This week, President Bush sounded more positive about the future of Middle East peace than he has in years.
PRESIDENT BUSH: (From videotape.) I believe we've got a great chance to establish a Palestinian state, and I intend to use the next four years to spend the capital of the United States on such a state. I believe it is in the interest of the world that a truly free state develop.
MR. MCLAUGHLIN: Question: The Palestinians have said they intend to hold elections within 60 days to choose a new leader to replace Arafat. Can they do it? Mort Zuckerman.
MR. ZUCKERMAN: Well, they can hold an election, but the real issue is, is the government they elect going to have the capability of disarming not only all the different security forces, or at least consolidating them, but all of the criminal gangs that have taken over different parts of Gaza and the West Bank? That's where the power in that country, where the Palestinian society resides, is with the people who have guns. And they're not about to give them up.
Arafat could control them to a degree. Mahmud Abbas has none of that power and none of that charisma. And we'll have to see what happens. He may have the will but not the capacity. Arafat had the capacity but not the will to advance the peace process. We're just going to have to see how it plays out. And nobody knows.
MR. MCLAUGHLIN: Is the best thing that he has going for him is his association with Ariel Sharon? They seem to get along quite well.
MR. ZUCKERMAN: Abbas and Ariel Sharon?
MR. MCLAUGHLIN: Yes.
MR. ZUCKERMAN: Yes. But, I mean, look, the whole issue is going to be whether or not the terrorism stops. If that doesn't stop, this is going nowhere. And if it does stop, it'll go somewhere, and it'll go somewhere pretty quickly.
MR. MCLAUGHLIN: You are convinced that Ariel Sharon has an abiding interest in negotiating with the Palestinians.
MR. ZUCKERMAN: Look, what he has been willing to do is to break his own ruling coalition in the parliament, to break his own party, all in order to be able to bring about what he thinks is a first step, which is the unilateral withdrawal from Gaza and a down payment on the withdrawals from the West Bank, because he's moving out four settlements there.
Now, no other Israeli prime minister has done that. He was the patriarch of the settlement movement, and yet he's doing that and putting his entire political life at risk. That seems to me to be very serious evidence of good faith and commitment.
MR. MCLAUGHLIN: Yeah, I am persuaded of this. But one continues to hear the stories that Sharon does not want a parallel state.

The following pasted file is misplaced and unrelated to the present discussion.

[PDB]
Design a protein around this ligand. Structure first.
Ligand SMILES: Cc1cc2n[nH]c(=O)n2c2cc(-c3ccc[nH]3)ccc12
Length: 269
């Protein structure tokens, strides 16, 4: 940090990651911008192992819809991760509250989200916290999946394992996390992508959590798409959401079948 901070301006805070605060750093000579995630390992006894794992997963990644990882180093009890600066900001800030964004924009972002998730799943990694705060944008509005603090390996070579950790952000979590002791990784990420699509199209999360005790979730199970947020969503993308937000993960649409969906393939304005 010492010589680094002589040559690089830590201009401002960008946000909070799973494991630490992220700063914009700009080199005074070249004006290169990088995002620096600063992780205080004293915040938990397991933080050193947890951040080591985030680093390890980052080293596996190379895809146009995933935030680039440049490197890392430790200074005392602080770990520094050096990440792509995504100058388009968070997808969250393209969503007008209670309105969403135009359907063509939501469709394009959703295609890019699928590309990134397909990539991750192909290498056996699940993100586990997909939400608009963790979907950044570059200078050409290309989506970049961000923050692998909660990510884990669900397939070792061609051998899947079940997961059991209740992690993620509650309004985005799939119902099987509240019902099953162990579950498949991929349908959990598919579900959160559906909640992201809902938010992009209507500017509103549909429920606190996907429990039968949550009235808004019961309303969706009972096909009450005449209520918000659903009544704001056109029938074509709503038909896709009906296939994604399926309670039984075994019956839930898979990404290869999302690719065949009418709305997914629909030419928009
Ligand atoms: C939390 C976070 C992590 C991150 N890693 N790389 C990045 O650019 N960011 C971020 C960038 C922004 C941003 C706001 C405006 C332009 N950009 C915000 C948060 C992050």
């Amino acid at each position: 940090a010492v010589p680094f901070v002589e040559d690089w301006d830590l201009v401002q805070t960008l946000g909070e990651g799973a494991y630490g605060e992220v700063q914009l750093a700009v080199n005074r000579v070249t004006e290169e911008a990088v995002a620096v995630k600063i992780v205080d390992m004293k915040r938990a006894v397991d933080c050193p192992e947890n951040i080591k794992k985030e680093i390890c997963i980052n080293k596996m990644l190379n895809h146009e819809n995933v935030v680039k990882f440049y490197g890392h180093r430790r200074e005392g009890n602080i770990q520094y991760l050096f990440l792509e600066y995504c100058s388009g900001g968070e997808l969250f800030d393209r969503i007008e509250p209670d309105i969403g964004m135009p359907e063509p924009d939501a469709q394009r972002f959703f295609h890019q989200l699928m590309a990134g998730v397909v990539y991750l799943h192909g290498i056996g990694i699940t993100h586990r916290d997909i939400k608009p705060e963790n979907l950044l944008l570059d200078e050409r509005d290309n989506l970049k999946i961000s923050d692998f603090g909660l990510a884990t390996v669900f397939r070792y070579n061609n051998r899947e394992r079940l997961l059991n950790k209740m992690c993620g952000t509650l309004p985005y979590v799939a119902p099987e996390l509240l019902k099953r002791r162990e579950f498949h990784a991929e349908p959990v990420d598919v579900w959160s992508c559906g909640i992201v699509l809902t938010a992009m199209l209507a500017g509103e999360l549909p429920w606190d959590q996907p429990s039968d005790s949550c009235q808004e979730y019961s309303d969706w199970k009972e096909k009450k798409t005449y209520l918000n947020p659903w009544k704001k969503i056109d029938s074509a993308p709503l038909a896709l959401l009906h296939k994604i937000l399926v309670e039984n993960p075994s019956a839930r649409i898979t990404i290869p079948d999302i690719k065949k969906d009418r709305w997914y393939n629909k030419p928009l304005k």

MR. ZUCKERMAN: No, look, the Israelis and Sharon have accepted the idea of a two-state solution. That is not the issue. They're way past that. What the issue is going to be is exactly where the borders of it are and whether or not they're going to establish a peaceful state next to Israel or a terrorist state next to Israel. The latter will not fly.
MR. MCLAUGHLIN: Do you think that the probability -- there is a probability more on the side of infighting taking place in the Palestinian ranks than electioneering?
MR. ZUCKERMAN: No, I think there will be both. But I don't know which one is going to end up in power.
MR. MCLAUGHLIN: Do you see civil war?
MR. ZUCKERMAN: The people with the guns still control everything in that world.
MR. MCLAUGHLIN: Do you see civil war?
MR. ZUCKERMAN: There's going to be some civil -- somebody's going to have to take the guns away from these people, or at least consolidate the power.
MR. MCLAUGHLIN: Who could that be?
MR. ZUCKERMAN: Right now there's nobody there. The only person that could have done it was Arafat, and he didn't.
MR. MCLAUGHLIN: Who is being theorized about doing it?
MR. ZUCKERMAN: Well, it all depends where. In the West Bank, for example, there are three or four major security forces. Jibril Rajoub is the guy in the West Bank who controlled security under Arafat.
MR. MCLAUGHLIN: I'm talking about external control, external surveillance, monitors.
MS. CLIFT: Well, Tony -- Tony.
MR. ZUCKERMAN: To the extent that anybody could do it, it's going to -- the Egyptians are going to try and do it in Gaza.
MR. MCLAUGHLIN: Do you see NATO playing any role?
MR. ZUCKERMAN: Absolutely not.
MR. MCLAUGHLIN: What about the role that Blair is taking in all of this and Blair's commitment to it? Is Blair able to move NATO at all in that direction?